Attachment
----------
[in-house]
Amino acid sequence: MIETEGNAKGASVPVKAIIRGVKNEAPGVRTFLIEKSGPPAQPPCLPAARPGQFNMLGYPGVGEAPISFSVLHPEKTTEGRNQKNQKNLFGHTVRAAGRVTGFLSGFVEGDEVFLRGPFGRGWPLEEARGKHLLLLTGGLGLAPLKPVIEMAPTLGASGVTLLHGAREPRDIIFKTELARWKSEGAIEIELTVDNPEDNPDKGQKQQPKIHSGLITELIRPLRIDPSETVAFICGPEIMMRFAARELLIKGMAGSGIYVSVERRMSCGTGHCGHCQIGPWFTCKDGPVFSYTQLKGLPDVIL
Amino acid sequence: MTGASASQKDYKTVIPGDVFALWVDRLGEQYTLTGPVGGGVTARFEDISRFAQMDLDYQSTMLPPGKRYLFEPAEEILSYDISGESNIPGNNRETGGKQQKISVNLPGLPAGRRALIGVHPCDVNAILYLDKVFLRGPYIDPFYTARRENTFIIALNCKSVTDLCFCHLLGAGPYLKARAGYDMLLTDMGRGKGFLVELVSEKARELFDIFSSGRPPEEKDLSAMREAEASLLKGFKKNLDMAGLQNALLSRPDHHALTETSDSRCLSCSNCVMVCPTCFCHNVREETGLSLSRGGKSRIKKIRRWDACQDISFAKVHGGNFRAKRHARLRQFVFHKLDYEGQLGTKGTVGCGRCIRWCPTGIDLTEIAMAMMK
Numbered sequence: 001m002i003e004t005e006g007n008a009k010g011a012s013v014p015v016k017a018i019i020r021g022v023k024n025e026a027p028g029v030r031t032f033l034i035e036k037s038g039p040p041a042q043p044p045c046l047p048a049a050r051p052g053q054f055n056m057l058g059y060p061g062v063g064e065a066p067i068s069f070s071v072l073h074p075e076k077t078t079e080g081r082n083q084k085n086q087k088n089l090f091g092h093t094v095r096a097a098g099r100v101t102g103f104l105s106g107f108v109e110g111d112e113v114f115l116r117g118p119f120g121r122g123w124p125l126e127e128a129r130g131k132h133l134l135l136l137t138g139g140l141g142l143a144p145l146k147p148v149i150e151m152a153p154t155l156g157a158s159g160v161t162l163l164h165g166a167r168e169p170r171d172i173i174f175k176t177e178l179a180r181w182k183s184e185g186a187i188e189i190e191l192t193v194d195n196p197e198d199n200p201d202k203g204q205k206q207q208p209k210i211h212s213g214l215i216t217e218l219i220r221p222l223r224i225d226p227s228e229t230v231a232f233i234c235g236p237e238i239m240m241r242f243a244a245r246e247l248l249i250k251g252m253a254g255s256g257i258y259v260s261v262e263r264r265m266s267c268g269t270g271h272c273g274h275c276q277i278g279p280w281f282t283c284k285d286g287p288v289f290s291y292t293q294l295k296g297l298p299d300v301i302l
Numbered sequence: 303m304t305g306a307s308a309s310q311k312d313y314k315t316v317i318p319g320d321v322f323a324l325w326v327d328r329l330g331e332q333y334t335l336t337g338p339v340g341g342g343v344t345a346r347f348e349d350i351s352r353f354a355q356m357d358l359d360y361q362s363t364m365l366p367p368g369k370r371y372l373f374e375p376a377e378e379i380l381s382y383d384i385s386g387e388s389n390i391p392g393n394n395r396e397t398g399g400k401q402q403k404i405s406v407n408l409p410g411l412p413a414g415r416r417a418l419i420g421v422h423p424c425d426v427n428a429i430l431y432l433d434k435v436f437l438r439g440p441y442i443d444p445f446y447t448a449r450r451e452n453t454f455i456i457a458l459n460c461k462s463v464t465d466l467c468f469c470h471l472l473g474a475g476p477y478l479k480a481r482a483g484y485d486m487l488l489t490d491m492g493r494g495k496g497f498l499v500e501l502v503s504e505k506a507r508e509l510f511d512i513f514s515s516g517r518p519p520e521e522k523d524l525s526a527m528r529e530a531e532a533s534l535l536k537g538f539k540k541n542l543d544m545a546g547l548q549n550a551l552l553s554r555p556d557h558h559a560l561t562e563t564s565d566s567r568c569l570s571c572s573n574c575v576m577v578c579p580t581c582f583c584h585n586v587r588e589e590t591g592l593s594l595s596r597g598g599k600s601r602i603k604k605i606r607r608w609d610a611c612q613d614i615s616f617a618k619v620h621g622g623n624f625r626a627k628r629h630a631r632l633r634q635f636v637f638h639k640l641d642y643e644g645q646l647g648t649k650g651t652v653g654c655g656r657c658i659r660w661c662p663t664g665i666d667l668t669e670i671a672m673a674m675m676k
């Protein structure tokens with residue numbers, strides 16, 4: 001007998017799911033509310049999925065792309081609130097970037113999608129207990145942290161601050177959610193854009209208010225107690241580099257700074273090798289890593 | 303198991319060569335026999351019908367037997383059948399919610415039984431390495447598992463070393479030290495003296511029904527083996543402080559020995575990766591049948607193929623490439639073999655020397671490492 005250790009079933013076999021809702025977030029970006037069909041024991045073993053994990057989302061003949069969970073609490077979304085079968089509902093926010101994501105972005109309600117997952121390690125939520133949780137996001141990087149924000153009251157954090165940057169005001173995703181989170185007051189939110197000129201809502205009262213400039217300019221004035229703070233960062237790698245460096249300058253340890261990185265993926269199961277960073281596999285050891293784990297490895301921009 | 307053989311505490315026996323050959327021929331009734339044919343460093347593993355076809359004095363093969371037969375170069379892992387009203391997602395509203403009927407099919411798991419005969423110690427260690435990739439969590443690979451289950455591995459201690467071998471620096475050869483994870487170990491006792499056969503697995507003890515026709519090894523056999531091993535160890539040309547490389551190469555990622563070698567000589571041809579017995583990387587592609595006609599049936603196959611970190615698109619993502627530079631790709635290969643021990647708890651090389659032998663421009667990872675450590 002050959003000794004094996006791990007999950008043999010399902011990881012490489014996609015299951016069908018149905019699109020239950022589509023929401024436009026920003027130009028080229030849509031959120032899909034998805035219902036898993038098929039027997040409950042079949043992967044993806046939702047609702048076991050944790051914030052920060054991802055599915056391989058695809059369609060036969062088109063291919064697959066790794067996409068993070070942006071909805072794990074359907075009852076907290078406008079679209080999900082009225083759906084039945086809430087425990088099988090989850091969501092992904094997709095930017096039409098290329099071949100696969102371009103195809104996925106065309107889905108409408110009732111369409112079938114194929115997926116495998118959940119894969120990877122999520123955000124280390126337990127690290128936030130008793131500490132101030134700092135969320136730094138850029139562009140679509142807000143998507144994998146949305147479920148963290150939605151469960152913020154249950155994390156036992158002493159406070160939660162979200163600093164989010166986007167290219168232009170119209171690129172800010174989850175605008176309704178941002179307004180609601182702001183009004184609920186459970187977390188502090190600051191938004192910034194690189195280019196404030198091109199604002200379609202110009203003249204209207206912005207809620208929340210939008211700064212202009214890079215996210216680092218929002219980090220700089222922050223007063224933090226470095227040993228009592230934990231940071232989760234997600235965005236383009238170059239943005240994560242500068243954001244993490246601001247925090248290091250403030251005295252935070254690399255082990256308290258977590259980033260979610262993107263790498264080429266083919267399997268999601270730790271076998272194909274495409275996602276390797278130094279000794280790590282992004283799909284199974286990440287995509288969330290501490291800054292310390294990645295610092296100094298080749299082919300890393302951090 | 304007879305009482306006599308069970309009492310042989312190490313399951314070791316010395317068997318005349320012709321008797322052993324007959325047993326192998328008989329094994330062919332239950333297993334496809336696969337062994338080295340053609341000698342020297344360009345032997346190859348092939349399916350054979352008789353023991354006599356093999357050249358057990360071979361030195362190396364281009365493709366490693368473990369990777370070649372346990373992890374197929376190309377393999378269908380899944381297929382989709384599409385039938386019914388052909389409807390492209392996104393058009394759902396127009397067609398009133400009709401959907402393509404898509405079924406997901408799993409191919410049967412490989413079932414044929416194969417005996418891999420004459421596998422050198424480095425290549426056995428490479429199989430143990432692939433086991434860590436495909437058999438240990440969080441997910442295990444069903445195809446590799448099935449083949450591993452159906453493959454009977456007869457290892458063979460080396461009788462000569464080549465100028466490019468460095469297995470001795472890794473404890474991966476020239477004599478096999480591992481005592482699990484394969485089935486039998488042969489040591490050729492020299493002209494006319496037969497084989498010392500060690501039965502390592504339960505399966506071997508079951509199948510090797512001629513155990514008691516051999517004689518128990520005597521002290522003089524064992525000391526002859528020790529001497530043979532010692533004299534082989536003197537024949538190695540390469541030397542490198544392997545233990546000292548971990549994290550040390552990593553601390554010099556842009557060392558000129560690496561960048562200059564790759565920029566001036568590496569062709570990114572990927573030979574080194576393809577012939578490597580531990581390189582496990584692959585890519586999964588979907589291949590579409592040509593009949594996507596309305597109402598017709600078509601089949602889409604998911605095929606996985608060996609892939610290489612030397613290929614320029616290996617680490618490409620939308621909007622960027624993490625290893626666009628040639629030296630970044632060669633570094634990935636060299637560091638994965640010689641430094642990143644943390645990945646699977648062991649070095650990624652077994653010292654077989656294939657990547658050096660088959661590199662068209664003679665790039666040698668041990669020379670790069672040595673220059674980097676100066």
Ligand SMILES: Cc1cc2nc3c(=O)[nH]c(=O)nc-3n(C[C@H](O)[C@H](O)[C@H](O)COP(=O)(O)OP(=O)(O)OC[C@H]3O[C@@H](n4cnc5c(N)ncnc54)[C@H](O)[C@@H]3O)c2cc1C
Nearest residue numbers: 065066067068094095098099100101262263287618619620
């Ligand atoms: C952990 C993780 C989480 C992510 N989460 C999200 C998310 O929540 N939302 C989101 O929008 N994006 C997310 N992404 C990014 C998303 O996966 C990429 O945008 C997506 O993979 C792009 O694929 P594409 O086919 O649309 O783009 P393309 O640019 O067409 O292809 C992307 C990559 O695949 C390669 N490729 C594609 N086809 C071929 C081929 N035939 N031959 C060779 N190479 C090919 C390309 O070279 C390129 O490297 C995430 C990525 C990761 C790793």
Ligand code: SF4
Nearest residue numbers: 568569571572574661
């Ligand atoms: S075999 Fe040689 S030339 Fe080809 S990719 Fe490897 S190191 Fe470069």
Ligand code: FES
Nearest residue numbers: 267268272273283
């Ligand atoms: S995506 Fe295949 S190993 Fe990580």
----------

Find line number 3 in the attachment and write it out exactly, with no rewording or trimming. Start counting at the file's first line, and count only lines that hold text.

Amino acid sequence: MTGASASQKDYKTVIPGDVFALWVDRLGEQYTLTGPVGGGVTARFEDISRFAQMDLDYQSTMLPPGKRYLFEPAEEILSYDISGESNIPGNNRETGGKQQKISVNLPGLPAGRRALIGVHPCDVNAILYLDKVFLRGPYIDPFYTARRENTFIIALNCKSVTDLCFCHLLGAGPYLKARAGYDMLLTDMGRGKGFLVELVSEKARELFDIFSSGRPPEEKDLSAMREAEASLLKGFKKNLDMAGLQNALLSRPDHHALTETSDSRCLSCSNCVMVCPTCFCHNVREETGLSLSRGGKSRIKKIRRWDACQDISFAKVHGGNFRAKRHARLRQFVFHKLDYEGQLGTKGTVGCGRCIRWCPTGIDLTEIAMAMMK